Small business owners urge their elected officials to support using federal and state resources to replenish the depleted Unemployment Insurance Trust Fund.  While efforts to reduce the annual repayment charges on the estimated $7b deficit are appreciated, that plan creates a “mortgage” whose repayment will still hamper businesses for two decades and whose final settlement will only grow the total cost to employers when interest is added.  More can and should be done to reduce the overall price tag of the obligation by utilizing the options the Legislature has readily available to do so.  

  • The deficit was caused by government decisions to shut down the economy during a public health emergency, not something that businesses did wrong.  Small businesses around the state should not have to shoulder the burden of repayment for something they didn’t cause, but also had to suffer through and are still trying to recover from.
  • Some businesses didn’t lay off a single-employee during the pandemic and many businesses around the state went into reserves and took other actions to keep employees whole, and yet now they are facing a “double-hit” of having paid to keep their employees off the unemployment rolls and now being asked to fund the deficit!
  • Federal stimulus funding has been sent to states to help offset the economic impacts of the pandemic: the deficit in the UI Trust Fund has suffered just such an impact.  More than 30 states have recognized this and have already used CARES Act and/or ARPA funding to replenish their COVID-depleted UI Trust Funds, thereby acknowledging there must be a "shared responsibility" to cover the costs among state government and employers.  In addition to it being the right thing to do, a meaningful contribution by Massachusetts into its UI Trust Fund will help to level the playing field versus those other states and not reduce our business climate’s competitiveness.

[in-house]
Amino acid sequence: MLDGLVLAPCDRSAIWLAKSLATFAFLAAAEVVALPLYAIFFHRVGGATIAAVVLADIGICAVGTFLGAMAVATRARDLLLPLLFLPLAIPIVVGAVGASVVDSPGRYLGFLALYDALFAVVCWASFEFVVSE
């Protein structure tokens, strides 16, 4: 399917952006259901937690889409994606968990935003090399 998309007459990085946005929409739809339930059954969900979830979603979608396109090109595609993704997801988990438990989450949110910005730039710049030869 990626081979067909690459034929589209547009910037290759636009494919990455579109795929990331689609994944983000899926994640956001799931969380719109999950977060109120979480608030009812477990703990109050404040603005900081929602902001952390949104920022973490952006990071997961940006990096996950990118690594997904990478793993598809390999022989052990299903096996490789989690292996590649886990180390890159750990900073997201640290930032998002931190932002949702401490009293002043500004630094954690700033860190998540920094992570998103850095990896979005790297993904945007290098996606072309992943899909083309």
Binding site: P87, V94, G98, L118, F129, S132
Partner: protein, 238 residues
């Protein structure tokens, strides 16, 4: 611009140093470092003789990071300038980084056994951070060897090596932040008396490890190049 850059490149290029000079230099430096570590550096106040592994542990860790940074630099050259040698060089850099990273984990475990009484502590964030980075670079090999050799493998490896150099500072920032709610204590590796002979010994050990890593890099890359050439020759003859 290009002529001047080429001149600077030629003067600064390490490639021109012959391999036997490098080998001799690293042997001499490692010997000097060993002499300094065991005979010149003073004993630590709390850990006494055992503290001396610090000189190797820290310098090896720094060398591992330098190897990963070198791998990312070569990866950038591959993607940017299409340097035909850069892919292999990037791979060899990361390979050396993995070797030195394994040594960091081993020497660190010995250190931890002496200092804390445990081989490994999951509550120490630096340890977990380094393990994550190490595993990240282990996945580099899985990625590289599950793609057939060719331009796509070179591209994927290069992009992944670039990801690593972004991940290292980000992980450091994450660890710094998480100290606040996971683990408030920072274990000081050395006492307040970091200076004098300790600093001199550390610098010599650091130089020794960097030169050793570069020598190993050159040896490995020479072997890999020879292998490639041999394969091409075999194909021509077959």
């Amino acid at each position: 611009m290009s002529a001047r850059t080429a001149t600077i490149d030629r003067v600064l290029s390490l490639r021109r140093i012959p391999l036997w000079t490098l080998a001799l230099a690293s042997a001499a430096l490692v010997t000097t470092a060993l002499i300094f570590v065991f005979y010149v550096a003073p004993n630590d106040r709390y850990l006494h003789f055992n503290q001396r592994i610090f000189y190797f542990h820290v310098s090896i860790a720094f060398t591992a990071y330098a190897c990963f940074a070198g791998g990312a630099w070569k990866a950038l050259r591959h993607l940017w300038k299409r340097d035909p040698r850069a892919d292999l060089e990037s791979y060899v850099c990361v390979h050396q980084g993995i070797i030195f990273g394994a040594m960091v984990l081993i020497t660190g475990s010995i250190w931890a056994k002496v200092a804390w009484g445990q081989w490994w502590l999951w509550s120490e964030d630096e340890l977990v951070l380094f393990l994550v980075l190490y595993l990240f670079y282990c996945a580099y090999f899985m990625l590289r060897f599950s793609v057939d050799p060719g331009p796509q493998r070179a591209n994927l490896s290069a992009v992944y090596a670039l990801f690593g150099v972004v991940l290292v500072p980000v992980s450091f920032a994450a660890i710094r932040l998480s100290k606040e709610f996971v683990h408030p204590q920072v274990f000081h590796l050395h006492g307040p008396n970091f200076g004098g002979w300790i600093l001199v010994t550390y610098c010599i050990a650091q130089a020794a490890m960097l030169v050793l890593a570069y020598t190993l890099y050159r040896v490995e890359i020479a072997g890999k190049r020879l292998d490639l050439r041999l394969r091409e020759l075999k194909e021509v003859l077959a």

• Every dollar not spent on COVID-related employer payroll taxes represents a dollar that can be used for job, wage, and benefit growth for employees into the future.  Put another way, it will be tougher to create good jobs or afford the added costs of bringing yesterday’s workers back if twenty years of UI costs are even higher without a Trust Fund contribution by the state.
  • Frankly, ample resources exist for the Legislature to also direct funding elsewhere.  An appropriation for UI of $2b will have the impact of saving businesses in the average House district $15m and in the average Senate district $60m.  Again, that’s funding that will allow us to put more people back to work with higher benefits, allow us to grow our businesses and generate more tax revenues to support future government spending, and allow us to continue to be community champions in support of so many local efforts.


Small business owners didn’t cause the shutdown of the economy; the state has billions of dollars of federal transfers and additional tax revenues to address those hardest hit by the pandemic, and higher costs will limit our abilities to grow our businesses, jobs, tax revenues, and community supports for twenty-years! 

As it is, Massachusetts has the most expensive unemployment costs in the country, and that bill is about to get larger as a result of recent announcements by EOLWD.  The Legislature is in the position and has the resources to provide well-deserved UI Trust Fund relief.  We encourage you to support our state’s employers and help them make it possible to employ and support others.